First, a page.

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COLUMN ONE : Flying Through Turbulence : Bold and savvy, C. Michael Armstrong is steering Hughes Aircraft through a stormy economy. With his triumphs have come a few big bumps--especially for workers.


On a summer Saturday in 1993, a fiftysomething white guy wearing jeans and cowboy boots joined a street party in South-Central Los Angeles to celebrate the reopening of a small grocery store destroyed by the riots.

Donning a Harley-Davidson baseball cap, he strolled through the neighborhood, mingling with a crowd that included rapper Snoop Doggy Dogg and members of the Crips and Bloods. That he was a big shot at Hughes Aircraft Co.--California's largest industrial employer--was "the last thing you would have thought," said community organizer Danny Bakewell.

In fact, he was the top Hughes big shot--C. Michael Armstrong, chief executive of the concern founded by pioneer aviator Howard Hughes. He was there without his usual corporate entourage to learn firsthand what was happening in the riots' aftermath.

"I had a personal interest in supporting the community," he said later in an interview, sounding puzzled that his visit required an explanation. His involvement "is not done for visibility," he said. "It's done for citizenship."

Bakewell had invited Armstrong on a lark--and was stunned when he showed up. But, in fact, Armstrong's trip to South-Central was emblematic of a man who has splintered the mold for how Southern California's aerospace executive elite behaves.

Whether it's exploring social problems on his own time or twisting lawmakers' arms to aid Hughes' business, Armstrong is among those rare corporate birds who seize opportunities to stand out and speak up.

A familiar figure among the opaque fraternity of defense chiefs, he is generally unknown beyond his own business boundaries. Yet his clout is immense and his decisions have an enormous impact on California's economy--an impact frequently unkind to workers in the cause of ensuring Hughes' future.

Engaging, politically savvy and an expert at selling his point of view, Armstrong is both tireless and shameless in his efforts to influence public policy for favorite causes, including the role of small business in the inner city and improving the state's business climate.

He has clearly made his most indelible mark at Hughes, arguably the most successful and experimental of the nation's defense firms in adapting to a true peacetime economy.

But as Southern California in particular has learned, Armstrong's 2 1/2-year stewardship at Hughes has helped cause immense hardship on the factory floor. To keep the company in the black, he has cut 13,000 jobs in the last two years, helping create huge craters in the local economy. He has even admitted resorting to duplicity with the public to emphasize political reforms he embraces.

As a result, Armstrong's efforts to help create employment in South-Central Los Angeles or his finding fault with state government red tape ring hollow next to the damage that his actions have caused, his critics say.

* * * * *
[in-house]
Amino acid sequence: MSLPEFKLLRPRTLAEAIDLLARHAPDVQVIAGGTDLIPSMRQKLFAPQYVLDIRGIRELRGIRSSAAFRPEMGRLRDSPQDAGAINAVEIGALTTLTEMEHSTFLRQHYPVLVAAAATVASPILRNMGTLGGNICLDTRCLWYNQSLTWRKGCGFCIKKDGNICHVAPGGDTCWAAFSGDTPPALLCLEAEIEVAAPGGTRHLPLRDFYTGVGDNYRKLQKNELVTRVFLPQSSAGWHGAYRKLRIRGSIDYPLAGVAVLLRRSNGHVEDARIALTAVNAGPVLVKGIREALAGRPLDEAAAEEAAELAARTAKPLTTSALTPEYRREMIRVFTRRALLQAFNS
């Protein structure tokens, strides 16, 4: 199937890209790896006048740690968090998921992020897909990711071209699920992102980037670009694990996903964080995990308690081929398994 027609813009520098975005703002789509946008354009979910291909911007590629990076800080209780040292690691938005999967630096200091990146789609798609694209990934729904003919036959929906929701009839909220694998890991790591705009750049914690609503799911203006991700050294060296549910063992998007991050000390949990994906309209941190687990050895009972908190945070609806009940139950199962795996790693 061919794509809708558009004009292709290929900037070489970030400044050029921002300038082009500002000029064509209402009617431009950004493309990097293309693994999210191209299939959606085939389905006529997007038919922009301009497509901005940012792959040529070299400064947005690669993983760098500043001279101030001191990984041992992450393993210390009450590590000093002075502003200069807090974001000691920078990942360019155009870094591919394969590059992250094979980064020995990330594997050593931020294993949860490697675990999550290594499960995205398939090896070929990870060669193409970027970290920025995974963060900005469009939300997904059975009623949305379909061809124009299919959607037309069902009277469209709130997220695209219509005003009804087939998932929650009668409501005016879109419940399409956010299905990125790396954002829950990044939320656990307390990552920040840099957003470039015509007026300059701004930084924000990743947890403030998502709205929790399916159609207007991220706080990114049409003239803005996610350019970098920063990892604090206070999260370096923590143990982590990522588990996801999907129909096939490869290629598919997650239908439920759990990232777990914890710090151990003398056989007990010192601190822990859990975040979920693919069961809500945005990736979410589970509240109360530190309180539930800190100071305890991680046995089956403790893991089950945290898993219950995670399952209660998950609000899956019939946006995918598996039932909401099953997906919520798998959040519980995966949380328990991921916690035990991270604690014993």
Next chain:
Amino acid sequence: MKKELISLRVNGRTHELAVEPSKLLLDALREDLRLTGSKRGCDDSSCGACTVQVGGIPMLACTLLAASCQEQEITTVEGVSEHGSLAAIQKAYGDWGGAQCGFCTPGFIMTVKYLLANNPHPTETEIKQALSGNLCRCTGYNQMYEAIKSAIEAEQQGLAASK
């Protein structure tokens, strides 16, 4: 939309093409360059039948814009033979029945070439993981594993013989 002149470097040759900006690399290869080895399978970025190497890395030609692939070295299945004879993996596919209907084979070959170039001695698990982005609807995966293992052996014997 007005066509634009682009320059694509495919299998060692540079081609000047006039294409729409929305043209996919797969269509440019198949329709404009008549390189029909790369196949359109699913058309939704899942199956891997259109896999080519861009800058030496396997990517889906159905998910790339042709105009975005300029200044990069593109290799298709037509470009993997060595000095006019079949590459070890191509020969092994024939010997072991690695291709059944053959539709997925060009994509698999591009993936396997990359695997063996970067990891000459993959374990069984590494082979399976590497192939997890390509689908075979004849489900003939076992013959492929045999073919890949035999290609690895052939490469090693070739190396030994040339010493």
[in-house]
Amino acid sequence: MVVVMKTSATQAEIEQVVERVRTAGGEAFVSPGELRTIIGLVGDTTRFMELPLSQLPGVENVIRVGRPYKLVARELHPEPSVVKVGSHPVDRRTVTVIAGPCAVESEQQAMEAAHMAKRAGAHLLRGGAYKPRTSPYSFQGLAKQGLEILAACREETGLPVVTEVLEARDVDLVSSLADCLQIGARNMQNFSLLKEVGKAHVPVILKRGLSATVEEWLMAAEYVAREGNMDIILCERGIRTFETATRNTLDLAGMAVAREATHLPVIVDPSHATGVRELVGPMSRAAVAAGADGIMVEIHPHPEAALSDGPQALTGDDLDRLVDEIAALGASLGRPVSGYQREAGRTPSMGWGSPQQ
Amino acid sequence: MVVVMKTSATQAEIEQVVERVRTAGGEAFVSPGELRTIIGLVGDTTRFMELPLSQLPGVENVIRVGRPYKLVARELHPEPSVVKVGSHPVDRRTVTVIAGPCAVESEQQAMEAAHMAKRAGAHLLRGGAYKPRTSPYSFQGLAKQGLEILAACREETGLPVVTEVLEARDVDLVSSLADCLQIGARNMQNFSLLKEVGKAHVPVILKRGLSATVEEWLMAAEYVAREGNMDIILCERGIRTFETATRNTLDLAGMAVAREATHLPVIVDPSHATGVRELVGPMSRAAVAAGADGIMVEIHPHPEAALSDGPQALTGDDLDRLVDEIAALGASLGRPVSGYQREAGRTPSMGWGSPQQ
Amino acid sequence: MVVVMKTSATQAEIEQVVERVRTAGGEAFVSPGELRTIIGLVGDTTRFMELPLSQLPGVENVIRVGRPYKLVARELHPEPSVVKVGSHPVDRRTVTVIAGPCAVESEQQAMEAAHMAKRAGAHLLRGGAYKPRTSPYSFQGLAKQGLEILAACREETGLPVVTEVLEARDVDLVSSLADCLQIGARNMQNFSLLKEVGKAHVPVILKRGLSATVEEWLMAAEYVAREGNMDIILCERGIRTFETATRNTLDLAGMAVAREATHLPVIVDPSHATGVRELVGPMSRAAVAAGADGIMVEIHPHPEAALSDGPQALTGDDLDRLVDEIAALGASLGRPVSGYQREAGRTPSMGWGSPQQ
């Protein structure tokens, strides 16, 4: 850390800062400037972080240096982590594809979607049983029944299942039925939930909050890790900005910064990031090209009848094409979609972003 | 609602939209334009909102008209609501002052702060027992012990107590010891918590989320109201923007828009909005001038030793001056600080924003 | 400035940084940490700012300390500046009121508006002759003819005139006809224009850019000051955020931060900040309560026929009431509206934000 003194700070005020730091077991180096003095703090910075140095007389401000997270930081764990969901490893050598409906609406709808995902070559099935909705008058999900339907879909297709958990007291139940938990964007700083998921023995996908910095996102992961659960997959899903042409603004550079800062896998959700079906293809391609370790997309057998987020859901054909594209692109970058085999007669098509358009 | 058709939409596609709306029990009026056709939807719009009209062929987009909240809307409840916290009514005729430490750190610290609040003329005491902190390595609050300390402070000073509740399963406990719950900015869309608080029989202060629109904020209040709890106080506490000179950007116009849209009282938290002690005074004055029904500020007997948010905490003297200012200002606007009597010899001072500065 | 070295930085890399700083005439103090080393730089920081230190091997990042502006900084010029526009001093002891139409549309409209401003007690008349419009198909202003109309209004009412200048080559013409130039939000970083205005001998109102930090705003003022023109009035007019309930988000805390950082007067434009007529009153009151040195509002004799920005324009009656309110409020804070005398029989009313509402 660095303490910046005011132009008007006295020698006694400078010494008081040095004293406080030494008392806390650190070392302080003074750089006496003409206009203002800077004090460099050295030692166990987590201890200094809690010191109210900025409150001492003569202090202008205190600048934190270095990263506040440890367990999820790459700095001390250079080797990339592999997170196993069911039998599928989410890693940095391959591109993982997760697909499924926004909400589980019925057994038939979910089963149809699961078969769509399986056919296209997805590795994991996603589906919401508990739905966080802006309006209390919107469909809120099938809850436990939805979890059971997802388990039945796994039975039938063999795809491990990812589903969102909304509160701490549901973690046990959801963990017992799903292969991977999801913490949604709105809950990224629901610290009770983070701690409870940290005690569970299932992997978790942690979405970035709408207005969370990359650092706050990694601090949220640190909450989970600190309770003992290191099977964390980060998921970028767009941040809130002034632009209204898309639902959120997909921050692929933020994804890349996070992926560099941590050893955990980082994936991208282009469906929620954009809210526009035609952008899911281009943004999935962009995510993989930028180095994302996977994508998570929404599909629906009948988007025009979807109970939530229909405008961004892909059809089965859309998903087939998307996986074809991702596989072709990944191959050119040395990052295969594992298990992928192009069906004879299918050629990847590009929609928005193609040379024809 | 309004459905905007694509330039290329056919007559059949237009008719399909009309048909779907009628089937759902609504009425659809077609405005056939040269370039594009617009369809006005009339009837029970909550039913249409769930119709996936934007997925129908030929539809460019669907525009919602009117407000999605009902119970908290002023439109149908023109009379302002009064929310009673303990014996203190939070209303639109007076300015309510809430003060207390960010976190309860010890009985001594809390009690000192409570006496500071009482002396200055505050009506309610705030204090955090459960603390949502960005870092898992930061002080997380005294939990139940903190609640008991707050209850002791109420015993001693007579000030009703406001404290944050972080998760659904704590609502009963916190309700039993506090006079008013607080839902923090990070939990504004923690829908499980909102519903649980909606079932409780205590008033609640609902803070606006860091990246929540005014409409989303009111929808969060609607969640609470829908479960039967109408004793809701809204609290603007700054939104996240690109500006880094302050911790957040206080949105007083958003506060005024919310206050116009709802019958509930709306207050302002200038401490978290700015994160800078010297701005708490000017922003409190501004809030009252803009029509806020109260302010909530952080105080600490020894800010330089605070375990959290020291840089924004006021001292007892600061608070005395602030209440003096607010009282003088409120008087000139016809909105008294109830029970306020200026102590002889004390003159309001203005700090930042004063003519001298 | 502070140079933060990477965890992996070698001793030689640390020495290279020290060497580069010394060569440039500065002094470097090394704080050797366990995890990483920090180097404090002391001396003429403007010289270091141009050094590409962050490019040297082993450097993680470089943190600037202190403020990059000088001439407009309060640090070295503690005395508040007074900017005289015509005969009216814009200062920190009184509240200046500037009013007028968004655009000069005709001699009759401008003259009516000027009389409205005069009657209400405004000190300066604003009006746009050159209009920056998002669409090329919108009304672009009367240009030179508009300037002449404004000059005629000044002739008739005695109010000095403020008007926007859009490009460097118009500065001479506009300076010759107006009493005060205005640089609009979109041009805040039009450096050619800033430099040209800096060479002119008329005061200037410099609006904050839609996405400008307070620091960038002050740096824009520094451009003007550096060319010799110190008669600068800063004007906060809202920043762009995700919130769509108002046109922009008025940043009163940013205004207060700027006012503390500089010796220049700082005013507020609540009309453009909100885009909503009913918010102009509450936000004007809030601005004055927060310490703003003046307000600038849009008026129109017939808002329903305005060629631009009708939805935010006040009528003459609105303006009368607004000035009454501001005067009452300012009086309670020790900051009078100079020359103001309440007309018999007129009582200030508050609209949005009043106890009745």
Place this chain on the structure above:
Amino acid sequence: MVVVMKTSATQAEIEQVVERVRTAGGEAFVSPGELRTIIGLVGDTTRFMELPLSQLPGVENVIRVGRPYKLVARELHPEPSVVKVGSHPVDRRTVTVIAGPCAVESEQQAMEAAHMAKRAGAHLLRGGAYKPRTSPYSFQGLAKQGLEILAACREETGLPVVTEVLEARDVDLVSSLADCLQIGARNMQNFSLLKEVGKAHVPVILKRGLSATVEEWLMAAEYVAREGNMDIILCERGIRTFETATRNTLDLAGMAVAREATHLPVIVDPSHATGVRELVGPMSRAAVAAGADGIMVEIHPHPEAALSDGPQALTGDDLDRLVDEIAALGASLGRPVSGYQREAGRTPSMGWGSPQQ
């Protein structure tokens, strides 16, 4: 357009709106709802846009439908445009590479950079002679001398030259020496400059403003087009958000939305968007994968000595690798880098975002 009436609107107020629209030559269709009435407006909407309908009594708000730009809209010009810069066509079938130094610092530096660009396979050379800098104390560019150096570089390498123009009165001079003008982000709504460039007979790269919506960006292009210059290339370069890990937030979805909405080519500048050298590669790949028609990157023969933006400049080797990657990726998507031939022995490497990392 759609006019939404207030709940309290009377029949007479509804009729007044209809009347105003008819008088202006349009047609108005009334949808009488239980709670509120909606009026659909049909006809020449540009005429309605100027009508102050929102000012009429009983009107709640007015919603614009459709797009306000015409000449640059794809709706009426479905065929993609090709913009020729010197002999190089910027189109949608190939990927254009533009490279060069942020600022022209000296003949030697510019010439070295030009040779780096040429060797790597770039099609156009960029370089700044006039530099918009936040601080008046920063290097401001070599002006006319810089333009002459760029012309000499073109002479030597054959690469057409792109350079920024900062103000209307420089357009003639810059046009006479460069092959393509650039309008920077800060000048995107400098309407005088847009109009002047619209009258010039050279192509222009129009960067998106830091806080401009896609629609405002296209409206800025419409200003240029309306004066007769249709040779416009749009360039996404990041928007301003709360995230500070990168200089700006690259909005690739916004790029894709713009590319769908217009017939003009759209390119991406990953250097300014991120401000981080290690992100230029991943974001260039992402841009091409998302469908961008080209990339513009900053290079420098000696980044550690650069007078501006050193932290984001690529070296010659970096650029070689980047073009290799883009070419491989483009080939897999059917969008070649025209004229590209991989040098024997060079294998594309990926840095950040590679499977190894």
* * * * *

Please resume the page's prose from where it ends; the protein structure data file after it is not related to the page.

"Hughes has done more negative to Southern California, simply in the transfer of jobs out (of state), that dwarf whatever crumbs they've thrown to South-Central," said Joel Kotkin, a fellow at Pepperdine University's business school. "His credibility is not that great."

Armstrong makes no apologies, saying his actions are necessary for Hughes to survive. He's certainly not alone. More than 300,000 aerospace and defense jobs in California have vanished since the mid-1980s.

Indeed, as Hughes Aircraft goes, so goes the California economy in many ways. Each has endured wrenching job losses, and each is betting on an expansive future in which defense work plays a shrinking role.

Hughes is redefining itself as part of the most abrupt transformation in its 50-year history. Like the state, it now has to hustle hard to drum up business--something it did not used to do.

What Armstrong will acknowledge, though, is that his actions can leave thousands of his remaining workers unsettled. "I don't think I underestimate the anxiety that this pace of change produces," he said. "Change and competition are really great theories, until they start happening to you."

Nonetheless, Armstrong--a six-foot southpaw with a ruddy complexion and blue eyes--so far has steered Hughes impressively through the changes. Despite shrinking Pentagon budgets, Hughes earns a handsome profit.

One-third of its $8.8 billion in sales last year had nothing to do with military equipment and hardware, but rather stemmed from the sale of commercial satellites and electronic components tied to information technology and telecommunications.

But Armstrong is not done cutting jobs to get Hughes' costs down further. Despite having shed 32,000 jobs since the mid-1980s, Hughes, a division of General Motors Corp., said in June that it expects to drop about 3,400 jobs in Fullerton, El Segundo and Tucson, Ariz.

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